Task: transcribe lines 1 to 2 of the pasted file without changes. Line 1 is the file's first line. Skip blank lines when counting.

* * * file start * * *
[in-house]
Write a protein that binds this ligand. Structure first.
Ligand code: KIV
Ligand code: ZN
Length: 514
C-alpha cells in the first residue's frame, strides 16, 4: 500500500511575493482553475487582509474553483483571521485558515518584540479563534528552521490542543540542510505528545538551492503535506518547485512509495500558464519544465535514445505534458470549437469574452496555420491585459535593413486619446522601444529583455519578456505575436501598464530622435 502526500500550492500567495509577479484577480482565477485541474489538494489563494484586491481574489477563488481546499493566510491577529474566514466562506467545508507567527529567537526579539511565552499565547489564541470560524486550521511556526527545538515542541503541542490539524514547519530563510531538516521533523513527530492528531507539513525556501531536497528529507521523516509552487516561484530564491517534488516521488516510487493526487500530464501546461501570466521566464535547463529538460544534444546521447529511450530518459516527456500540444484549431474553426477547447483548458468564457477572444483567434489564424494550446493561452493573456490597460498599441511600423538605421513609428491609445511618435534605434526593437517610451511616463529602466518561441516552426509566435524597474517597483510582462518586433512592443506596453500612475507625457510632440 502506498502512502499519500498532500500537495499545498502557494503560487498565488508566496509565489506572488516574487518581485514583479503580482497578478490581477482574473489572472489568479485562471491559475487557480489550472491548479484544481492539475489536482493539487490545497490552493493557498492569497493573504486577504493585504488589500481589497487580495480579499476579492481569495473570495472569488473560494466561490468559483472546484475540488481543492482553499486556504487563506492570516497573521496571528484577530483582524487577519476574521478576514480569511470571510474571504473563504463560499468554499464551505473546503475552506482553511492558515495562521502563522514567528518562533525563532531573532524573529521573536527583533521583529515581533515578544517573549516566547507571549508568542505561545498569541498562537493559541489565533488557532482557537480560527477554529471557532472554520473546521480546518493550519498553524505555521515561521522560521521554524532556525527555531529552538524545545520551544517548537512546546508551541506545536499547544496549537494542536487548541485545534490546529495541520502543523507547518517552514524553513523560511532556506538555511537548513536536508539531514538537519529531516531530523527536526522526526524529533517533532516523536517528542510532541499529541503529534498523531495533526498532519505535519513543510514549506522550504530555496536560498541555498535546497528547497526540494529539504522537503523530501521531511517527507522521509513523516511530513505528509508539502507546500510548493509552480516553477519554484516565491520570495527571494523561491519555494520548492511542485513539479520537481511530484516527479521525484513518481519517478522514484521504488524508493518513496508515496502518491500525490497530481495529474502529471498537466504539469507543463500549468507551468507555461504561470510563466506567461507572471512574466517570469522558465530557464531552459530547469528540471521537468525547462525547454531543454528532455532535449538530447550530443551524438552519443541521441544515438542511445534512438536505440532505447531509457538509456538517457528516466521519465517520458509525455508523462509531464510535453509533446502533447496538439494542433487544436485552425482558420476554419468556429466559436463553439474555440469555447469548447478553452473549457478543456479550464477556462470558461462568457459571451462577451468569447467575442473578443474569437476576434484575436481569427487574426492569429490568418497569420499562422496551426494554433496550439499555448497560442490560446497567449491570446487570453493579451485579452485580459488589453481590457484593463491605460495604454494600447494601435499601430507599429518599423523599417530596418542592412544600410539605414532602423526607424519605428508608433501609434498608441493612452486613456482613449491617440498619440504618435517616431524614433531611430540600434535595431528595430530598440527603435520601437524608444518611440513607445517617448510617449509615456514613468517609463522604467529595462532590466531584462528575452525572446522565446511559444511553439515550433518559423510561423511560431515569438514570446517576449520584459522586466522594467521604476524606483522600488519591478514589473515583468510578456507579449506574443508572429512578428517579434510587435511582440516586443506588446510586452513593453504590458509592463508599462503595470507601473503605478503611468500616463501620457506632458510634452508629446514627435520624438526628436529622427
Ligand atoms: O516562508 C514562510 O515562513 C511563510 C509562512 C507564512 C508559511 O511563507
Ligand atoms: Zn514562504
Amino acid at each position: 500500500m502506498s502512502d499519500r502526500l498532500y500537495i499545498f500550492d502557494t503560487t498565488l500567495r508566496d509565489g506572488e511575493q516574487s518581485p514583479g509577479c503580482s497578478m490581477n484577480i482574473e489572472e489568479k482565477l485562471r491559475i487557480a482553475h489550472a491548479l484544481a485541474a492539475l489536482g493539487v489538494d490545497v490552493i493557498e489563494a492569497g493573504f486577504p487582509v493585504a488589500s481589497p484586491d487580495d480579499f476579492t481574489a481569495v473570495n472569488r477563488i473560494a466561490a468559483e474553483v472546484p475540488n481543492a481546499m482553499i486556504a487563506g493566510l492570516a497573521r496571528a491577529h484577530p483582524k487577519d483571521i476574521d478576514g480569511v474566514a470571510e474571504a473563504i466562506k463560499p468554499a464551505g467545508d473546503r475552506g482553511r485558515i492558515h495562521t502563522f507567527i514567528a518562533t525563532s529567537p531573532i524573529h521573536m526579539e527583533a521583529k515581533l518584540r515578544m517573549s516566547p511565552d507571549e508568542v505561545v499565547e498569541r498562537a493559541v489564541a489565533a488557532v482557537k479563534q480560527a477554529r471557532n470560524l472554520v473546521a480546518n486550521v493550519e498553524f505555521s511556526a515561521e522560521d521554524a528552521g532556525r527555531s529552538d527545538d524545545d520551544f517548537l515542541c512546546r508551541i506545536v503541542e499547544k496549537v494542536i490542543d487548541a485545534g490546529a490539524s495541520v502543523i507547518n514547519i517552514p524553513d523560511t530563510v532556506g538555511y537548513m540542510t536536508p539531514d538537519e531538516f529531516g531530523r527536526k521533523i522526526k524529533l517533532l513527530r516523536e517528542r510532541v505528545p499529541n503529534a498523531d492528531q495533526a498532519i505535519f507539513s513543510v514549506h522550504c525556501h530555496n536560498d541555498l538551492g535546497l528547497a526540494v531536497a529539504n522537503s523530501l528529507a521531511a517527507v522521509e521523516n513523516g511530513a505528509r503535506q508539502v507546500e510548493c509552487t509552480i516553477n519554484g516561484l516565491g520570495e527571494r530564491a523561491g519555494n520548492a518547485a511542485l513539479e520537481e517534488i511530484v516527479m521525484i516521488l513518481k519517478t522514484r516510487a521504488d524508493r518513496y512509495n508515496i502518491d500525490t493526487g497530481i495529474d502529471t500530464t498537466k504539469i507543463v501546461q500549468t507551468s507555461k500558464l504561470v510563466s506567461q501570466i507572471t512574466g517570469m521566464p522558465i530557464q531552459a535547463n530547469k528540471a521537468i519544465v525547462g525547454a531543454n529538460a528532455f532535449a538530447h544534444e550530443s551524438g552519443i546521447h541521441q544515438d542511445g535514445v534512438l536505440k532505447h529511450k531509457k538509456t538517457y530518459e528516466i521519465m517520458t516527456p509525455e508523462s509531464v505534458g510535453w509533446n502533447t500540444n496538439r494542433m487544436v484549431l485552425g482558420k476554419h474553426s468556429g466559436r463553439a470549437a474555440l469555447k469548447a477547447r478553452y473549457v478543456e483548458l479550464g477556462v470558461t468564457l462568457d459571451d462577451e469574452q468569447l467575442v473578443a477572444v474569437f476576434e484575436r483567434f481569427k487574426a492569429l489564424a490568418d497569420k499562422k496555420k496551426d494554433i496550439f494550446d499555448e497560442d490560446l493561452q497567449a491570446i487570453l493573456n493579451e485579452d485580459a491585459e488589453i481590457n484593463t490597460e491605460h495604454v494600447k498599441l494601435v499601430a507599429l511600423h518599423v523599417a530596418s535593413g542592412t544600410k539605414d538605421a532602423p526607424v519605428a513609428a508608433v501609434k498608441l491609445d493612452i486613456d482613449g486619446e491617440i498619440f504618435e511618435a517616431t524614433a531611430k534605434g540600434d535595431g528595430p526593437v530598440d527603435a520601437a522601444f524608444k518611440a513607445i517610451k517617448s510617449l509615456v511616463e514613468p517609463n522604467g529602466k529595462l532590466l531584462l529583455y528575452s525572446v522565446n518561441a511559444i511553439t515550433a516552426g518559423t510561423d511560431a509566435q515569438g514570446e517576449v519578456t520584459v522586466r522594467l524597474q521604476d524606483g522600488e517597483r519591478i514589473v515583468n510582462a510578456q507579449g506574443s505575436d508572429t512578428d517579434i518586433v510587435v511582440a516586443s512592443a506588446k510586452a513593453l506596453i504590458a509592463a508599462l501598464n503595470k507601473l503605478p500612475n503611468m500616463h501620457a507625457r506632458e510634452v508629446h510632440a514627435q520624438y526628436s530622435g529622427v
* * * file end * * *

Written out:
[in-house]
Write a protein that binds this ligand. Structure first.